AVP or antidiuretic hormone (ADH), is known to be primarily involved in water absorption in the distal nephron of the kidney in mammals. This peptide is synthesized in the soma of hypothalamic magnocellular neurosecretory cells (MNCSs) located in supraoptic (SON) and paraventricular (PVN) nuclei. After water deprivation the axons MNCs project to the neurohypophysis, where Ca2+ dependent exocytosis in their nerve terminals causes the release of AVP in blood circulation. The small peptide is secreted by the neurohypophysis in response to increases in plasma osmolality. AVP effects on the renal tubule are mediated by hormone binding to V2 type basolateral receptors coupled trough Gs to adenylyl cyclase and activation of the cyclic adenosine monophosphate - Protein kinase A (cAMP-PKA )cascade[13]. The hydroosmotic action causes a dramatic increase in the osmotic water permeability of connecting cells, principal cells and inner medullary collecting duct cells. The result is highly concentrated urines produced in response to water restriction.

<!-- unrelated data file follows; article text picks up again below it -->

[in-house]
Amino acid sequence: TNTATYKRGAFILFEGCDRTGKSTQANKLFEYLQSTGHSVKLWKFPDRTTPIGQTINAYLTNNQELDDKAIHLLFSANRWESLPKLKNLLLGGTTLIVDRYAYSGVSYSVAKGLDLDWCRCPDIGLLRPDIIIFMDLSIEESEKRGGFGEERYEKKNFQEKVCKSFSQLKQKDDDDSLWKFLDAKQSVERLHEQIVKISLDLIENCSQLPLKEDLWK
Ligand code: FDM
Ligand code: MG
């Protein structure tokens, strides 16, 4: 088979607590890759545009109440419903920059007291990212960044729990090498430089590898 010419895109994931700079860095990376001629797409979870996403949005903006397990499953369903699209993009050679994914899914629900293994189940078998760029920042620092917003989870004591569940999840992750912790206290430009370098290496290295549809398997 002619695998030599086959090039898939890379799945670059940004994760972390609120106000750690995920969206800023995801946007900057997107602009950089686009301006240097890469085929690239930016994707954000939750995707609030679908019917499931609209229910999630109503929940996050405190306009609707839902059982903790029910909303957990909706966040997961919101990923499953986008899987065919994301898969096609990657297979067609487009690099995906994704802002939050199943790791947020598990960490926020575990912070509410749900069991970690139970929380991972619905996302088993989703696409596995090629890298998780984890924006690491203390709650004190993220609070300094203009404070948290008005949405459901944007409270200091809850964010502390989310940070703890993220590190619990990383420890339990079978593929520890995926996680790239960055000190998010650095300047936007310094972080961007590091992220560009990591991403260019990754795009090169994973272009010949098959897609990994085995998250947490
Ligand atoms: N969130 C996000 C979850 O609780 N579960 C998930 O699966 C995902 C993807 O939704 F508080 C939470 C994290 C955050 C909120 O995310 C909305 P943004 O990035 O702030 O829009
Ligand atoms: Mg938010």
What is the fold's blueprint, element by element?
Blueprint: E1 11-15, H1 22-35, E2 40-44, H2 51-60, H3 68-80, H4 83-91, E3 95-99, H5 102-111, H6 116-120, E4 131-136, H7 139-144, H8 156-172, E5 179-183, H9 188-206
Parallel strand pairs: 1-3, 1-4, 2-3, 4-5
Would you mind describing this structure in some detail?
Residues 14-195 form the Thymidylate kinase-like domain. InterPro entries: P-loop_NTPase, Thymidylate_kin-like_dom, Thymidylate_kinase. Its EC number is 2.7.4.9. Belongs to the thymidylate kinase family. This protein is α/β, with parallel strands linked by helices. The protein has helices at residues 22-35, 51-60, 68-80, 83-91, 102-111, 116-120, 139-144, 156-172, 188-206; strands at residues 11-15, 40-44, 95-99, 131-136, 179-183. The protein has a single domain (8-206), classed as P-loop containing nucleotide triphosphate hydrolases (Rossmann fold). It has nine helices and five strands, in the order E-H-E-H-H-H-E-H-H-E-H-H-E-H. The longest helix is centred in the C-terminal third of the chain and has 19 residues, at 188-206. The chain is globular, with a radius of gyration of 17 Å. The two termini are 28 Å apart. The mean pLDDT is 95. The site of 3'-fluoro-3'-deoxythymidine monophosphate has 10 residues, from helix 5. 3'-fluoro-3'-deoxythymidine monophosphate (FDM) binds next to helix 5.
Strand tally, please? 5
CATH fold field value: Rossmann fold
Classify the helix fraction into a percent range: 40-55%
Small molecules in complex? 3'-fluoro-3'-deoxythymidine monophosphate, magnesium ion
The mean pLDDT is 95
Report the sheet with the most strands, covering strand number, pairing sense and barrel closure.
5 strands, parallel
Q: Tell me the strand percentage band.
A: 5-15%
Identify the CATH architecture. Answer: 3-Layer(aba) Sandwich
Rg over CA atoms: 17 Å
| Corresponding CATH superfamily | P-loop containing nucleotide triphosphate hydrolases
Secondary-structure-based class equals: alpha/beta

The success of rodent to survive harsh environment condition goes back to several years ago. However, these animals are faced to substantial anthropogenic threats due to the introduction of heavy metals in environment in the last decades. Cadmium (Cd), a nonessential heavy metal, is widely distributed in the environment due to its use in primary metal industries and phosphate fertilizers [15, 16]. Food and cigarette smoke are the biggest sources of Cd exposure for the general population [17].In humans, Cd exposure leads to a variety of adverse effects and contributes to the development of serious pathological conditions [18-19]linked to enhanced aging process as well as cancer [20-21].Cd produces also neurotoxicity with a complex pathology [22-23]. In animals, Cd was shown to be toxic to all tissues such as liver [24], reproductive organs including the placenta, testis and ovaries [17, 25]. Several studies in some industrial sites in Tunisia showed that some habitats of Merionesshawibecame contaminated by Cd [26-27] Meriones shawihave accumulated cadmium on different organs particularly on kidney and liver. It has been reported that kidneys, which play a major role in hydro-mineral maintenance, are considered to be the organ that is most sensitive to Cd, depending on exposure dose, time and administration route [28]. Several studies indicated that the main critical effect of cadmium exposure is kidney dysfunction. Excretion of low molecular weight proteins is characteristic of damage to the proximal tubules of the kidney. The increased excretion of low-molecular weight proteins in the urine is a result of proximal tubular cell damage [29]. This raises the possibility that body fluid homeostasis and vasopressinergic system could be subtly disrupted by Cd exposure. In this study, we were interested to determine whether Cd naturally incorporated in food would alter the water balance in Meriones shawiwho appears to show a remarkable physiology flexibility of water regulation in both time and space. Effects of Cd exposure upon the water-conserving abilities of this specie were assessed through measurements of water metabolism (total body water (TBW), water influx (Fin), water efflux (Fout) and water turnover rates (WTR) under differing water availabilities. Water fluxes were determined by direct analysis following the principles described by Holleman and Dieterich [30]. Cd effects in the brain were also determined by immunohistochemistry in the supraoptic (SON) and paraventricular (PVN) nuclei at the control level of the central AVP which is the most important hormone in the regulation of water balance in mammals.